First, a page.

I've mentioned in the forums that I got myself a new Windows 8 laptop, so I suppose it's time for me to post my observtions.
First of all - the hardware, so you have some basis for comparison. This is the latest iteration of the Acer Aspire One series of netbooks. This one is known as the AO725. It actually has an 11.2" screen (which used to be considered somewhat large for the "netbook" class) with a resolution of 1366x768
- the exact same resolution as my 15.4" laptop! As typical for a netbook, it has no optical drive. It does include 3 USB ports, ethernet, VGA-style video out as well as HDMI, a card reader (only one, my previous netbook had 2), webcam (user-facing - this isn't a tablet), wi-fi, etc. The CPU is actually an AMD C-70 at 1 GHz (supposedly with turbo so it can actually boost itself to 1.333 GHz if needed) and ATI Radeon 7920 graphics ... and yes, Windows 8 (64-bit). I suppose this is more like what they call an "ultrabook" - while it has a larger screen it is acually thinner and lighter than my previous netbook. Oh, and it's red (sorry, that's the only color they had in the store).
I should also mention ... I hate trackpads (also called touchpads). It's too easy for me to accidentally click something when I'm just trying to move the pointer, a few times I've also ended up dragging (a quick tap followed by a move results in a drag) or double-tapping. And yes, of course, scrolling (by sliding my finger along the right edge) when I'm trying to move. And of course, they don't emulate a middle button. My bigger laptop quickly got a Logitech m580 trackball, and I'll probably do that here to - or maybe just share the trackball between the two.
Okay, on to the "meat" of this post. You may already know this - Windows 8 has no Start menu. Instead it has a Start screen which is covered with "live tiles". Okay, the weather tile, calendar, etc. could be useful to me - though as with a wi-fi tablet if you take this away from your network that'll be moot. Weather can't update when there is no network. Additionally, there is no "All applications" - if you need to use Notepad, you'll have to find it in the file manager.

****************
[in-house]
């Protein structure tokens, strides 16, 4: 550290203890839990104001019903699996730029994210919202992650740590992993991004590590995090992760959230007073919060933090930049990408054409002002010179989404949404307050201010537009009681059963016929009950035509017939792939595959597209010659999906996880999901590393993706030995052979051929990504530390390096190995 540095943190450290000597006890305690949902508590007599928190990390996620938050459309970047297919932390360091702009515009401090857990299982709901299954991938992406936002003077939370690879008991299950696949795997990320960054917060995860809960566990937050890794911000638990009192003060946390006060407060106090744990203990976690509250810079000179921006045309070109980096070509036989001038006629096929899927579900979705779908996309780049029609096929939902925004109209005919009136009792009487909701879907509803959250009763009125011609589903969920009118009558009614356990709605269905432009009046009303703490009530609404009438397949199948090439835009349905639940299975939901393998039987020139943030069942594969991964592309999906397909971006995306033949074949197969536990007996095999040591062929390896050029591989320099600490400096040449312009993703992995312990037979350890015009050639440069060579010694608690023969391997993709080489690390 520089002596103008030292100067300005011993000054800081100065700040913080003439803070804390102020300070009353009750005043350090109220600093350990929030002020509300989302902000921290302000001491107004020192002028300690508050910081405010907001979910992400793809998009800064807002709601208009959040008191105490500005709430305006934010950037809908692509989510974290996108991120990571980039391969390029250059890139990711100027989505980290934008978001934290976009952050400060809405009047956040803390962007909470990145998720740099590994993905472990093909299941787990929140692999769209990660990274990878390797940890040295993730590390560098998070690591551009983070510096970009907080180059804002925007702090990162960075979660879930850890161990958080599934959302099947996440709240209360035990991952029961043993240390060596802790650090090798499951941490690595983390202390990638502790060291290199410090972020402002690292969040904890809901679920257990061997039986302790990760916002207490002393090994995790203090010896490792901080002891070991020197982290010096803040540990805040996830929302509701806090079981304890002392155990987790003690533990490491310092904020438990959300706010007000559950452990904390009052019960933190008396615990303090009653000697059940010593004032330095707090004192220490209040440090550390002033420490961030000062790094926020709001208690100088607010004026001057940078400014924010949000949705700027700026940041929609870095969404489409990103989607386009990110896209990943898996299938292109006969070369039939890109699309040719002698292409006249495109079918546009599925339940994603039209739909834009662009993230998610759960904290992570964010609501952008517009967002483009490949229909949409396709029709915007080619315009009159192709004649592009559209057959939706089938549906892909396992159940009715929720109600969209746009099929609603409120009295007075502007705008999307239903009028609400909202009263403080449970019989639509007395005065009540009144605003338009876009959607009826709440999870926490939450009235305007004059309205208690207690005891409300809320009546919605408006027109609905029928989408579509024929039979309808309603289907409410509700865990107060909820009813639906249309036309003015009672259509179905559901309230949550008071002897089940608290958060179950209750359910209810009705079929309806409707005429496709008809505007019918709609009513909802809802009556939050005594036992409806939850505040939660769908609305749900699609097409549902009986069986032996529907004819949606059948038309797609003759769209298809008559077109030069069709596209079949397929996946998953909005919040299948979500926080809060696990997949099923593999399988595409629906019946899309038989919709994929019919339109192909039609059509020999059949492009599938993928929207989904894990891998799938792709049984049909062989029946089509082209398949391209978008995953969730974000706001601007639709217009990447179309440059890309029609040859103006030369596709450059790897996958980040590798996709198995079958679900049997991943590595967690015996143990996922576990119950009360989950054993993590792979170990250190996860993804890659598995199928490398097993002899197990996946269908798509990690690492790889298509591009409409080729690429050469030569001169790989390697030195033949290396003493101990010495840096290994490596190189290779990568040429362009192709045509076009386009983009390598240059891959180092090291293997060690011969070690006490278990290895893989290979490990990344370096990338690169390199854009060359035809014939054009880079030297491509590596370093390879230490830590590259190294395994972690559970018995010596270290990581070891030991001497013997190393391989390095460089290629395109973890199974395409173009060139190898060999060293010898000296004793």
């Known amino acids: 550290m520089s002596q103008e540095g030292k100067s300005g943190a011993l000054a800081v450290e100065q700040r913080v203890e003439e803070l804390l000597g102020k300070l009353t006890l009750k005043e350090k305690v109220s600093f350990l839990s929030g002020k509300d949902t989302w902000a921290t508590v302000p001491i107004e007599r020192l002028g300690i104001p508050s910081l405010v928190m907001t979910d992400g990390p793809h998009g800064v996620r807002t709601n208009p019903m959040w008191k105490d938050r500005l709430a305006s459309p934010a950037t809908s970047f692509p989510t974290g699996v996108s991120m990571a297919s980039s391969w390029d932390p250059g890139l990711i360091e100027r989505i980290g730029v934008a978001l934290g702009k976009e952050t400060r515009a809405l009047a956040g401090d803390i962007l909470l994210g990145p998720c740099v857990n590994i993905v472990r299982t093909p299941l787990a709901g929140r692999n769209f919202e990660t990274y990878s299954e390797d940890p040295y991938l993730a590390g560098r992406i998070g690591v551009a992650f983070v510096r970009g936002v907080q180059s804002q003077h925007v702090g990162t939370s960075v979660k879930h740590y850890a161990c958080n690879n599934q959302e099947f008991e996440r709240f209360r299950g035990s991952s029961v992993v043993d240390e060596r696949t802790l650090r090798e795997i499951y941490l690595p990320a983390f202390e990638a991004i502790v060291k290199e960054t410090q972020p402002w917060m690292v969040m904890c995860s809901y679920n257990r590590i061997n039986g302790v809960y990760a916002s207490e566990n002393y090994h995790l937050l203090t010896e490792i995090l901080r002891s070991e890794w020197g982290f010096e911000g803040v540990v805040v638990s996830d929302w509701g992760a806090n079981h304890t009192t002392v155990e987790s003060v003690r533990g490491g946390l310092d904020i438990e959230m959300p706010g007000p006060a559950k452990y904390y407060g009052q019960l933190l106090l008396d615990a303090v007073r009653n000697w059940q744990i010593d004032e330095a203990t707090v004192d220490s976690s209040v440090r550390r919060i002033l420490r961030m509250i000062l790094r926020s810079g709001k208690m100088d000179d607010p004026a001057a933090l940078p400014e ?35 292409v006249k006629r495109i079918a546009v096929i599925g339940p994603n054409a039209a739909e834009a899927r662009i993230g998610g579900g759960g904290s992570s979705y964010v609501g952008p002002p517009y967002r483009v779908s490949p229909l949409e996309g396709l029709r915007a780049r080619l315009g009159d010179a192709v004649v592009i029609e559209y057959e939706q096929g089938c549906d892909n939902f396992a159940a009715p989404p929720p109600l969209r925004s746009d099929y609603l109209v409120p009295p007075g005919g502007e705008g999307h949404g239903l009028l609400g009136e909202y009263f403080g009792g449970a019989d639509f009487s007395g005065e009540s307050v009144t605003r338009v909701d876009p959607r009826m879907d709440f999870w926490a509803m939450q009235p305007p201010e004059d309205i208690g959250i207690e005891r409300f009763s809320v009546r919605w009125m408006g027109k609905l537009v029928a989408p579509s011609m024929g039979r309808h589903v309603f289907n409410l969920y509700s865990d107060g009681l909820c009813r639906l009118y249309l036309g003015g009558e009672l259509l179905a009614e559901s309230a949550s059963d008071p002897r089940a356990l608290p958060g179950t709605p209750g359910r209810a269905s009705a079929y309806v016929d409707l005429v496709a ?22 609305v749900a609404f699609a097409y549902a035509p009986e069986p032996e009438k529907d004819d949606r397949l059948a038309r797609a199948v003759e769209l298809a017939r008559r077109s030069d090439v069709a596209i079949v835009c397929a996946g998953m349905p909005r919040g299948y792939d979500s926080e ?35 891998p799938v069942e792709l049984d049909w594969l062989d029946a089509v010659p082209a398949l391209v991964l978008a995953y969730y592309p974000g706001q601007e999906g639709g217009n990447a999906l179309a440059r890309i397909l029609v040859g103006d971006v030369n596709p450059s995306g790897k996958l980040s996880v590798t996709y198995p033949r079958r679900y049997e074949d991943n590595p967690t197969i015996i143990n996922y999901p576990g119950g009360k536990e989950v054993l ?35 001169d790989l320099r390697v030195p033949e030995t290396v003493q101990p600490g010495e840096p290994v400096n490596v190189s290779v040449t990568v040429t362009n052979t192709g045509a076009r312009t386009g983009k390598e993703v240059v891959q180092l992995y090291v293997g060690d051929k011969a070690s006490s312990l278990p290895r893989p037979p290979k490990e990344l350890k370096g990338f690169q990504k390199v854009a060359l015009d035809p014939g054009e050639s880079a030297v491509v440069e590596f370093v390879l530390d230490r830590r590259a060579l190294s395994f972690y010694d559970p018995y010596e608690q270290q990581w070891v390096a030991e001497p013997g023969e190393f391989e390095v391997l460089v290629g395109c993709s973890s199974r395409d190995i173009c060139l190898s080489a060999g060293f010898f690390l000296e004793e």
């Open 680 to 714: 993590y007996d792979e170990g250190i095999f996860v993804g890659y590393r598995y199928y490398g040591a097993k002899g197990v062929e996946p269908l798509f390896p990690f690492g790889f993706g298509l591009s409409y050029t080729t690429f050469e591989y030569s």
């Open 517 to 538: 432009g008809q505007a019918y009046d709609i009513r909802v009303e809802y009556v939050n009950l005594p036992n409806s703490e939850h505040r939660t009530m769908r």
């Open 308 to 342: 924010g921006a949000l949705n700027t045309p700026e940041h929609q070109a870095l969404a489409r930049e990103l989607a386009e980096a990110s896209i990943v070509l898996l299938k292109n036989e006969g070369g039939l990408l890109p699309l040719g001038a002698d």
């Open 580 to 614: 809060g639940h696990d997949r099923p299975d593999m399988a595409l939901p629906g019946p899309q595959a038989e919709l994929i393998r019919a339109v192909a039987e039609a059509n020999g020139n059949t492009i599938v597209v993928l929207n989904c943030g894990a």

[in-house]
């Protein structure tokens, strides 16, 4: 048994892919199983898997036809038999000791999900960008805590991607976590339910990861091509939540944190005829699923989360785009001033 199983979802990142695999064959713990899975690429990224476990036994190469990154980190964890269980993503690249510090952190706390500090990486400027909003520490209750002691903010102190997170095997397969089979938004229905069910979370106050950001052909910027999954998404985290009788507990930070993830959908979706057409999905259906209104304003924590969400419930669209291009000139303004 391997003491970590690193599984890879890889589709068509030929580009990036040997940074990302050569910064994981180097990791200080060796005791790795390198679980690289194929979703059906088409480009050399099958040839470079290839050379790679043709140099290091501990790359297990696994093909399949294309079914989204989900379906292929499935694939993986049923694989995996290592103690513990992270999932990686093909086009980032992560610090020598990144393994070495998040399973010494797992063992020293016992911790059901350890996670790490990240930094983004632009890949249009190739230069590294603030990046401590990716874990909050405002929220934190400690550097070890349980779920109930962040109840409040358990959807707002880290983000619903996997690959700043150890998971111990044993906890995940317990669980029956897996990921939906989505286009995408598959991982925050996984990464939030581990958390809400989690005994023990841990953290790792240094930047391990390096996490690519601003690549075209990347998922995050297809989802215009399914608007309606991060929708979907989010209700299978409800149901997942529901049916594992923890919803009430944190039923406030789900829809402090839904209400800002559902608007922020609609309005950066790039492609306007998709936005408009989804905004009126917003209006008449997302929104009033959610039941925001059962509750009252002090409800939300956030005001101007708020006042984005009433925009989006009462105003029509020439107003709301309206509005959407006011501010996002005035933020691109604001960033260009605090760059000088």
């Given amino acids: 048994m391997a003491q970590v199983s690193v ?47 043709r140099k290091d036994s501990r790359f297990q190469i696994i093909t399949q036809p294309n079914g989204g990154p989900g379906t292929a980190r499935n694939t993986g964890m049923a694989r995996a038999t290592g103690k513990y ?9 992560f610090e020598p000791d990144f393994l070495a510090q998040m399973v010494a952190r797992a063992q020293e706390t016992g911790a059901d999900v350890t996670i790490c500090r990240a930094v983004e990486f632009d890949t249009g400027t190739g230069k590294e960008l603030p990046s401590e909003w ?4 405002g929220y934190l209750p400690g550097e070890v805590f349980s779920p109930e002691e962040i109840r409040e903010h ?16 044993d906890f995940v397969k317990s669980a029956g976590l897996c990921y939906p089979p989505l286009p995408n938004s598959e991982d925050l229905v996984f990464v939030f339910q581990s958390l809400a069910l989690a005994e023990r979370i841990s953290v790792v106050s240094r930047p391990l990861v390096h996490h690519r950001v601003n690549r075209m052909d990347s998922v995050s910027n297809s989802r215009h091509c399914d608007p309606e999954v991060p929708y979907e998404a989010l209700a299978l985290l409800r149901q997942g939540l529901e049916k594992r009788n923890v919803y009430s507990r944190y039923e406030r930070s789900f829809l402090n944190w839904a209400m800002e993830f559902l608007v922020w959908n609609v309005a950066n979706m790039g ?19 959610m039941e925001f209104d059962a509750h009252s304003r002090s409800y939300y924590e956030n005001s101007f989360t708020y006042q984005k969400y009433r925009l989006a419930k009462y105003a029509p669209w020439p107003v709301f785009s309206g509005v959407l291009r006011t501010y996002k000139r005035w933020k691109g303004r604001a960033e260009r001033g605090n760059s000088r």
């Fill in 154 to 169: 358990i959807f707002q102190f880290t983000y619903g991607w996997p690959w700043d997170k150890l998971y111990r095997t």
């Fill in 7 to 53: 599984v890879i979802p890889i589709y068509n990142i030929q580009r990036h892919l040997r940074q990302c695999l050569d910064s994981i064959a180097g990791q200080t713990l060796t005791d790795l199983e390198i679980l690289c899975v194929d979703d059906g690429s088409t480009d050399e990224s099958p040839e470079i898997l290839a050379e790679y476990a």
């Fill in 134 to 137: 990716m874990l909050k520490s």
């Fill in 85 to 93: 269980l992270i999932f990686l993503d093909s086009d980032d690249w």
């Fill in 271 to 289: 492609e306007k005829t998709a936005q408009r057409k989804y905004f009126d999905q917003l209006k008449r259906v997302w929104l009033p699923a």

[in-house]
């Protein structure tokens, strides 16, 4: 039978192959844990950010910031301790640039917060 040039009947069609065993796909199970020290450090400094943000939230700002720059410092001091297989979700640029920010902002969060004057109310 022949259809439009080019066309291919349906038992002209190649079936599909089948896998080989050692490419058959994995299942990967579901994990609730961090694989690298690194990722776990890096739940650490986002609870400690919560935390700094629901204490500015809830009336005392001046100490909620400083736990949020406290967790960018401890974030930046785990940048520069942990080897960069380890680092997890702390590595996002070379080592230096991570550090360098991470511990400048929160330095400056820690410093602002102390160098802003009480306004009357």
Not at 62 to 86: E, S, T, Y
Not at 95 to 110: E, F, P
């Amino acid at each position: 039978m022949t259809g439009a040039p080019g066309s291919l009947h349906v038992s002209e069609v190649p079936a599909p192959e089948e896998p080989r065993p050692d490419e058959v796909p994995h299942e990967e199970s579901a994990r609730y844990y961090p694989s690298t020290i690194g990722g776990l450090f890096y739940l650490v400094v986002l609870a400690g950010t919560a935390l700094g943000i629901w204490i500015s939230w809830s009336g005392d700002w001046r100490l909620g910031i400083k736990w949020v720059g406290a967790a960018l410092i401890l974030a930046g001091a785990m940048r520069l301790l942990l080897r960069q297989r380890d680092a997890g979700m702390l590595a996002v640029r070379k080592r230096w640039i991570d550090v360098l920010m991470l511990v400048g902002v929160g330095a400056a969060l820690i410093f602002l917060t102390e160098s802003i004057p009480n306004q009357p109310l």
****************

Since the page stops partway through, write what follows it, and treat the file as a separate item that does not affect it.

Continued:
Standard features - dragging in from the left edge, or going to the top left corner of the screen, will allow you to switch to the most recently used program. (Like Alt-Tab in previous versions of Windows, except that it only shows the last program. Yes, Alt-Tab still exists also.) One problem I had though ... when they say "left edge", I figured they meant of the desktop. I was wrong - no matter where the pointer is on the screen, dragging in from the left edge of the trackpad has this behavior. That might not be so bad if the screen wasn't so large, but if I'm trying to move the mouse over to the right side of the screen I'm going to have to drag all the way across the trackpad more than once. Fortunately you can turn off this version of application-switching - it is frustrating to have your desktop disappear out from under you because you actually switched to a different app.
Oh yes, the desktop is an app too, even though all your desktop software will automatically switch to the desktop when started from the Start page. If you're used to ... well, any standard desktop, this isn't really it. There are some window managers on Linux which may come close, but if you like OSX, Windows (pre-8) or the big-name Linux desktops, you will find parts of it jarring.